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Killing Tradition: Inside Hunting and Animal Rights Controversies

by Simon J. Bronner

Availablecloth$60.00x 978-0-8131-2528-2
320 pages  Pubdate: 11/21/2008  6 x 9 x 1  44

Is hunting a bygone activity, out of touch with modern life; or is it valuable as an escape from it? Does hunting promote violence, not just to animals, but to humans as well? Is hunting, with its connection to the land and frontier experience, a heritage worth preserving? These questions form the foundations for discussion in Killing Tradition: Inside Hunting and Animal Rights Controversies. Simon J. Bronner sorts through the issues and goes behind the headlines to examine the basis of this hotly-charged subject. Using case studies as evidence, Bronner looks at a topic at the center of modern cultural debate.

Simon J. Bronner is Distinguished University Professor of American Studies and Folklore and director of the Pennsylvania Center for Culture Studies at The Pennsylvania State University, Harrisburg. He is the editor of the four-volume Encyclopedia of American Folklife, Manly Traditions: The Folk Roots of American Masculinities, Consuming Visions: Accumulation and Display of Goods in America, 1880-1920, and other volumes, and the author of several books, including Folk Nation: Folklore in the Creation of American Tradition, Grasping Things: Folk Material Culture and Mass Society in America, Following Tradition: Folklore in the Discourse of American Culture, and The Carver’s Art: Crafting Meaning from Wood.

“Killing Tradition: Inside Hunting and Animal Rights Controversies is invaluable to students and scholars in a variety of fields, especially those in folklore, culture studies, history, and American studies.” Ronald L. Baker, Chairperson Emeritus and Professor Emeritus of English, Indiana -- Ronald L. Baker, Chairperson Emeritus and Professor Emeritus of English, Indiana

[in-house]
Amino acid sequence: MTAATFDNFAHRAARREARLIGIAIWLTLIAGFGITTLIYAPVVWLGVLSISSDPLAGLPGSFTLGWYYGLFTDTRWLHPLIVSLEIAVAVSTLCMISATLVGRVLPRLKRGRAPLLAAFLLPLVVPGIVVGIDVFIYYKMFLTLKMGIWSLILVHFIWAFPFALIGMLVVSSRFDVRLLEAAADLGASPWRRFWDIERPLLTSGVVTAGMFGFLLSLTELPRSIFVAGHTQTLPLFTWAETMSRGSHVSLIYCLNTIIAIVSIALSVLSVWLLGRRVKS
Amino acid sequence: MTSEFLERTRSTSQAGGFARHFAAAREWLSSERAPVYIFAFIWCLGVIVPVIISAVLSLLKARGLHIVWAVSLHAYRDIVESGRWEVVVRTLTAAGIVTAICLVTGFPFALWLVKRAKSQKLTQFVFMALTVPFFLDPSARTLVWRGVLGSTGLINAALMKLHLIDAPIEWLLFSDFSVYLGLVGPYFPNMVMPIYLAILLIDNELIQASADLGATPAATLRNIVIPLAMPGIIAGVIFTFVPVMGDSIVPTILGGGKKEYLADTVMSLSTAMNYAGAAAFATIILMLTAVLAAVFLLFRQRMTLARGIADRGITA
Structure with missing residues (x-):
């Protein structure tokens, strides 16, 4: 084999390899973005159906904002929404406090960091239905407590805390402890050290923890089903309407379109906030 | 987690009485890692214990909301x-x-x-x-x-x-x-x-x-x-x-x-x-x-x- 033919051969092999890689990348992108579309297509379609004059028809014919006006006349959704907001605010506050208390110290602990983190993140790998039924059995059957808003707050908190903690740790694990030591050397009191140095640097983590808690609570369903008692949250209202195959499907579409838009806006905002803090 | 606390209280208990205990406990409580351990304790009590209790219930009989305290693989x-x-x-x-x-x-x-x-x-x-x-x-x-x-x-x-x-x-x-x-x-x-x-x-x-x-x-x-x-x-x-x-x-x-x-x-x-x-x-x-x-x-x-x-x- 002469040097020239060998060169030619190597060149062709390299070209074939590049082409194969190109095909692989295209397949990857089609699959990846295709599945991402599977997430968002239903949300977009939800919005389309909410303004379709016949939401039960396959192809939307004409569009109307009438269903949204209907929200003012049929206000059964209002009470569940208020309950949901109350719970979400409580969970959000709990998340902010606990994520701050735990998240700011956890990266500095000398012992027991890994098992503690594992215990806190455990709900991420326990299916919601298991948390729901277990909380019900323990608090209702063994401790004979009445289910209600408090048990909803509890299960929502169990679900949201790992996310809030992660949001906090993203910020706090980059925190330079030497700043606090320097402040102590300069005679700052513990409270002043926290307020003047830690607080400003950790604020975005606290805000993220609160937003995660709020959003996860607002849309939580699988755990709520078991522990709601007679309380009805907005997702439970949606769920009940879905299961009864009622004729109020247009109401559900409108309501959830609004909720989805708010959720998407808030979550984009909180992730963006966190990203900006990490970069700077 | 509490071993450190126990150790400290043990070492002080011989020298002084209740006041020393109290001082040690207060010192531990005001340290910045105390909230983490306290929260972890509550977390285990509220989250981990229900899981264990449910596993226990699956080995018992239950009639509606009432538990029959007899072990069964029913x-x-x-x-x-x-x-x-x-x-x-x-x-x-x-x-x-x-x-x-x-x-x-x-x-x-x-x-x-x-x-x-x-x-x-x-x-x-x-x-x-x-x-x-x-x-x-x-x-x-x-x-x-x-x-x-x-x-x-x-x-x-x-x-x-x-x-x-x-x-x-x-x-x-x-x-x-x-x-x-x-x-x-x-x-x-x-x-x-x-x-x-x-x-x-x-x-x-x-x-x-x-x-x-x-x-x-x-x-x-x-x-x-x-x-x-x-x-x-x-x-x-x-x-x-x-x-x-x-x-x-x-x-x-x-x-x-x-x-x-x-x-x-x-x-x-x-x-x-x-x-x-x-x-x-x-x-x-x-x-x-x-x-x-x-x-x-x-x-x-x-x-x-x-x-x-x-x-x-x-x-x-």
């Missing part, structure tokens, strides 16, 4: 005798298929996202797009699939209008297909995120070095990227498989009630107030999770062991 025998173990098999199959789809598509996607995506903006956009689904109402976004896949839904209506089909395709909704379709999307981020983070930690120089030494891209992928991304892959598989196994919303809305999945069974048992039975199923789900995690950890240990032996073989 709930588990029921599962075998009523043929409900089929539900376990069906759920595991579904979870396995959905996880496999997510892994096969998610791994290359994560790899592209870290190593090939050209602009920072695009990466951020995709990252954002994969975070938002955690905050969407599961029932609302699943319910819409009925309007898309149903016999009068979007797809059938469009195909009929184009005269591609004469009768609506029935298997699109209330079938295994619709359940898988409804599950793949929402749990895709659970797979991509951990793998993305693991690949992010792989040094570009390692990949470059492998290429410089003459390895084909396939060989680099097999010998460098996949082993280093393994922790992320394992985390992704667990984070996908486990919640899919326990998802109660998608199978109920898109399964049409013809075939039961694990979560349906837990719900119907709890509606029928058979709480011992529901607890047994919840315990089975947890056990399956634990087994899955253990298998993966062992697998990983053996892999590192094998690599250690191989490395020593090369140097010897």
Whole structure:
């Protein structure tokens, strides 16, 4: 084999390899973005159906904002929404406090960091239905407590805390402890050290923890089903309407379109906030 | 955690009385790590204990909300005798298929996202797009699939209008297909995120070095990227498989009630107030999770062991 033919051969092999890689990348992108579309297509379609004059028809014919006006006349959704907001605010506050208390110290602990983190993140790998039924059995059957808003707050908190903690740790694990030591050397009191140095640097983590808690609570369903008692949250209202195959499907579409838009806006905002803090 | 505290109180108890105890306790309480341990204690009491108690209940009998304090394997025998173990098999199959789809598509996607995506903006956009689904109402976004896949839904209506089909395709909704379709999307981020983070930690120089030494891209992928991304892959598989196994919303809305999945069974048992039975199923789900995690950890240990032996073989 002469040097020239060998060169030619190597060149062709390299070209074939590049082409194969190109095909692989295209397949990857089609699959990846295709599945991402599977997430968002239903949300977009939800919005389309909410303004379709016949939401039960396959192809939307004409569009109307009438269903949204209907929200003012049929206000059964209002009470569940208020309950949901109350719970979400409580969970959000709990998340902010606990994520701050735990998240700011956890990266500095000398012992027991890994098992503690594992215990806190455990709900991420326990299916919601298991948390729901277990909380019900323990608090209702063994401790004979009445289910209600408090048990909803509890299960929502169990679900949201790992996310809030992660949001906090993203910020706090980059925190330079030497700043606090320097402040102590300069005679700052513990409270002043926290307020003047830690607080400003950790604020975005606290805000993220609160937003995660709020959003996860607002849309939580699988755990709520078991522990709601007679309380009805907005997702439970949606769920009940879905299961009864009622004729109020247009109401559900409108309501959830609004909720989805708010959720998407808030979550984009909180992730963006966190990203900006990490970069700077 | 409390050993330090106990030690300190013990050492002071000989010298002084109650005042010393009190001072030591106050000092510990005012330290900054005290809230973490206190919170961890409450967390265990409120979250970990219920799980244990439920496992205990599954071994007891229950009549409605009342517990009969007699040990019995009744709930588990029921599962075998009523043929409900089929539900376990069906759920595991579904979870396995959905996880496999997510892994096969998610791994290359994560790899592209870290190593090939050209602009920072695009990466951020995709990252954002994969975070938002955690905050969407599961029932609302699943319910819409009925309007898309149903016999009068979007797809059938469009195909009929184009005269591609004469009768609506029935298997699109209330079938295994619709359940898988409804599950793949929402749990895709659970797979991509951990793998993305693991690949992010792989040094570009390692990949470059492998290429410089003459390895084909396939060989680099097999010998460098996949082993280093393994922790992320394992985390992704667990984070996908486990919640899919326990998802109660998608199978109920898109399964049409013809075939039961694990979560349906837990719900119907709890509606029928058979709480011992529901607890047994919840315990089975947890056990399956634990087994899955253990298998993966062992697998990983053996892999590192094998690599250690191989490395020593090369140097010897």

“Killing Tradition makes a significant contribution to a range of academic fields relating to studies of human-animal relations. In particular it makes a valuable contribution to the still-sparse academic literature that seeks to explore, understand, and interpret varieties of sports hunting as cultural events. Extremely well written and a pleasure to read.” Garry Marvin, Roehampton University -- Garry Marvin, Roehampton University

“In this impressive study of the culture wars over hunting and of the clash between folk traditions and the forces of modernity, Bronner mines a broad variety of evidence and employs the ideas and methods of a number of disciplines to show the deeply mythic meanings at stake as hunters defend their traditions against animal rights activists and others who seek to ban blood sports.” Jay Mechling, University of California, Davis -- Jay Mechling, University of California, Davis

"Simon Bronner’s fascinating, fair-minded, and beautifully written book forcefully demonstrates the centrality of hunting and animal rights issues to any consideration of modern culture. Richly informed by the interdisciplinary fields of folklore, American studies, psychology, gender studies, popular culture, geography, and comparative history, Bronner uses deer hunting, pigeon shooting, and hare-coursing in order to illuminate the highly contested meanings of tradition and modernity in American and British society."--Janet M. Davis, University of Texas at Austin -- Janet M. Davis

"Simon Bronner’s Killing Tradition is engaging, clearly written, and generous." David Romtvedt, -- David Romtvedt --

“Quite an interesting read. Highly recommended.” Choice -- Choice

"[a] rich offering of ethnographic fieldwork and literary scholarship...the material is presented with great gusto...fascinating reading that includes the ethnography of the hunters, shooters, and coursers themselves and that of their opponents...[the book] is really about something far deeper, today's complex values-clashes: rural versus urban, provinical versus cosmopolitan, conservative versus liberal, patriarchal versus gender-egalitarian, traditional versus modern, and whether or not humans subdue nature or allow themselves to be part of it." Journal of Folklore Research -- Journal of Folklore Research